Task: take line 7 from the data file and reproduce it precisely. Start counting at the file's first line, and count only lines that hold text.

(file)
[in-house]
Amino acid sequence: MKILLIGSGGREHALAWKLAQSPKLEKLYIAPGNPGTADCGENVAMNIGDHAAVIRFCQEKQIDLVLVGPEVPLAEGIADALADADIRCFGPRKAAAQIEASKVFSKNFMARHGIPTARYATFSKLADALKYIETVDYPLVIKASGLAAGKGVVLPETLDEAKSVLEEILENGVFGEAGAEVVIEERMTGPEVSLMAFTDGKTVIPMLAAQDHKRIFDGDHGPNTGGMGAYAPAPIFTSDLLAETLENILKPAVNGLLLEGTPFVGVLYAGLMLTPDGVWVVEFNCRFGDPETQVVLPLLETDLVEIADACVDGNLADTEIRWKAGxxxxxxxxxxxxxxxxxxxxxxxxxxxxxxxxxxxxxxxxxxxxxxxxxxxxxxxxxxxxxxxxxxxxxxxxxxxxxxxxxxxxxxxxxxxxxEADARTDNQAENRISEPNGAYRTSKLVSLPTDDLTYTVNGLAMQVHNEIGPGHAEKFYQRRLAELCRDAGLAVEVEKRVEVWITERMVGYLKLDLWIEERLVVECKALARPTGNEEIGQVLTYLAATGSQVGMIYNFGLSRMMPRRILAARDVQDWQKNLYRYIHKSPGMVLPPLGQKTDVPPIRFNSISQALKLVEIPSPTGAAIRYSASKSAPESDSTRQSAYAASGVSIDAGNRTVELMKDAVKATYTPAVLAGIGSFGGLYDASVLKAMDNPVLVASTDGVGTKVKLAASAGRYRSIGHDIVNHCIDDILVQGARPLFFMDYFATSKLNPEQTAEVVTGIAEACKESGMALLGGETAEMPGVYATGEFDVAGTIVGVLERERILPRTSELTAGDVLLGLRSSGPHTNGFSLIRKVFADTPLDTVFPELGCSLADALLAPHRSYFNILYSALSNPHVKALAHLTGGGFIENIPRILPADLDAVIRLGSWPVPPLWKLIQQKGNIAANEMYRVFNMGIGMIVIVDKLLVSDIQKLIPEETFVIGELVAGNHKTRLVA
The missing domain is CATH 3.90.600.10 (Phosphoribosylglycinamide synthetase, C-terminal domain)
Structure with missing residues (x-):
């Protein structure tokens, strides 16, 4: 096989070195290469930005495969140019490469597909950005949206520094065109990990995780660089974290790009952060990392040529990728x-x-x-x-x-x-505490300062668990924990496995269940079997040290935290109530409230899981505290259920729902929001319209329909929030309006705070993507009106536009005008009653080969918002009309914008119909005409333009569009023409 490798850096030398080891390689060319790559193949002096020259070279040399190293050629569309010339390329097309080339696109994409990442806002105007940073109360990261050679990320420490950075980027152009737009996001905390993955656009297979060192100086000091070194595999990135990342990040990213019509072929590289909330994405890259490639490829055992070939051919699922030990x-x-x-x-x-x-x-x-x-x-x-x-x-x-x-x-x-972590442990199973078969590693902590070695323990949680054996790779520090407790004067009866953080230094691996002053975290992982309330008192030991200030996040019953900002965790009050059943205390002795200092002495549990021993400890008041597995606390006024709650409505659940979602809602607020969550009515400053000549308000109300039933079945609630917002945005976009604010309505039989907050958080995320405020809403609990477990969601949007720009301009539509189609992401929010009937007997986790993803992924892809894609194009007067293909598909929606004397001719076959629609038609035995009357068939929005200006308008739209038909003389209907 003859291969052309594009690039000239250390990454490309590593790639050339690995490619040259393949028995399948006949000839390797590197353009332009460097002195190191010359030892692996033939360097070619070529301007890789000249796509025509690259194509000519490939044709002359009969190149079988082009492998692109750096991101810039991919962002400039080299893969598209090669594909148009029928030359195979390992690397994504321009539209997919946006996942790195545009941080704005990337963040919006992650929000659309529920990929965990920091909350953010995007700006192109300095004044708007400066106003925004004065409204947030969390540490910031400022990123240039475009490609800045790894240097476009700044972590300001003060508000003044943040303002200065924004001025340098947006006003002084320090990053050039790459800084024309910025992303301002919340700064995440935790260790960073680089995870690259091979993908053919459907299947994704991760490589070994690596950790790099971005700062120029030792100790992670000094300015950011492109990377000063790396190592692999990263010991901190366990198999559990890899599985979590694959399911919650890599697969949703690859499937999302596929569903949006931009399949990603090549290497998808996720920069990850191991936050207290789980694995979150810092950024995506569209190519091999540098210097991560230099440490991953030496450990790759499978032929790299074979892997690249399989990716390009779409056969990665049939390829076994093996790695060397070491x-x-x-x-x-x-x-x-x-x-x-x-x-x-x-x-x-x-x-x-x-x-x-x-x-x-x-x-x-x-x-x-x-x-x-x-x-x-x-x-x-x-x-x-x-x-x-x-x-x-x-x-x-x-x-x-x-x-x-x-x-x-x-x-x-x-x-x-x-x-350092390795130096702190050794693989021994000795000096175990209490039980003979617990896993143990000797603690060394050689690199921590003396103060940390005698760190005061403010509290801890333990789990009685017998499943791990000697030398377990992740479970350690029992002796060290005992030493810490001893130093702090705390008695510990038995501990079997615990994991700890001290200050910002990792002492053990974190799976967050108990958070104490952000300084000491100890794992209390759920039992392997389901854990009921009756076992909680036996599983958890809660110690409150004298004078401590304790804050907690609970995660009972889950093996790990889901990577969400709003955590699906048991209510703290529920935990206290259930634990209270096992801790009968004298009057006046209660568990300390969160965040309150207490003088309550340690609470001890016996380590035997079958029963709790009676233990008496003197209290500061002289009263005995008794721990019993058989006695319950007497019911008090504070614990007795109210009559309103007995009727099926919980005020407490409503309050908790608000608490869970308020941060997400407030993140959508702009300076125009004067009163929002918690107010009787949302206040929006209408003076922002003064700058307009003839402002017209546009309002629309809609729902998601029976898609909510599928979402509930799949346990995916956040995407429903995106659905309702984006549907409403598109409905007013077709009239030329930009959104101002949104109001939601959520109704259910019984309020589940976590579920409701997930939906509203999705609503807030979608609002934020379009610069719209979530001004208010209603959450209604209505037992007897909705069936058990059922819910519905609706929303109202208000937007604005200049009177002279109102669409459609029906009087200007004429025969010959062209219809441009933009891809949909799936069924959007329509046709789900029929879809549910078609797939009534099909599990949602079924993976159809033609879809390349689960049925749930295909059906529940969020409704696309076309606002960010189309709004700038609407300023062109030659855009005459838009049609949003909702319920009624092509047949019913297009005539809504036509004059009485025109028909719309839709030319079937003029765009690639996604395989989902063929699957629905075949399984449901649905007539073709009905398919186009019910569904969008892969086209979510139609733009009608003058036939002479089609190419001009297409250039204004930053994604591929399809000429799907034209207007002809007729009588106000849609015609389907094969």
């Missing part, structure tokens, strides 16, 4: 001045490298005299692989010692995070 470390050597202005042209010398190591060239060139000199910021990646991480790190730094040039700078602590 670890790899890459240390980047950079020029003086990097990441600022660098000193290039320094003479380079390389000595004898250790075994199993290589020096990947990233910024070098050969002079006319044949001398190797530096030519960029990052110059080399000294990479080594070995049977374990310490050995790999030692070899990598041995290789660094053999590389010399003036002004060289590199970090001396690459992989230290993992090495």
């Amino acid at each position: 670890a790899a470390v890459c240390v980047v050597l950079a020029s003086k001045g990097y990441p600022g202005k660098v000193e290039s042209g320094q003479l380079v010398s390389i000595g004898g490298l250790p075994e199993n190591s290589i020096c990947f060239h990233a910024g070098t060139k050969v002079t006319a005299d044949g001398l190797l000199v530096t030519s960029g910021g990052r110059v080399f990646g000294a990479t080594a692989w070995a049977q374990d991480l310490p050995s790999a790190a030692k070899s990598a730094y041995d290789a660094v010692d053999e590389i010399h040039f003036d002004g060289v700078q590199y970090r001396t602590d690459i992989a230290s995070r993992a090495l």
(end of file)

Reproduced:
């Amino acid at each position: 670890a790899a470390v890459c240390v980047v050597l950079a020029s003086k001045g990097y990441p600022g202005k660098v000193e290039s042209g320094q003479l380079v010398s390389i000595g004898g490298l250790p075994e199993n190591s290589i020096c990947f060239h990233a910024g070098t060139k050969v002079t006319a005299d044949g001398l190797l000199v530096t030519s960029g910021g990052r110059v080399f990646g000294a990479t080594a692989w070995a049977q374990d991480l310490p050995s790999a790190a030692k070899s990598a730094y041995d290789a660094v010692d053999e590389i010399h040039f003036d002004g060289v700078q590199y970090r001396t602590d690459i992989a230290s995070r993992a090495l």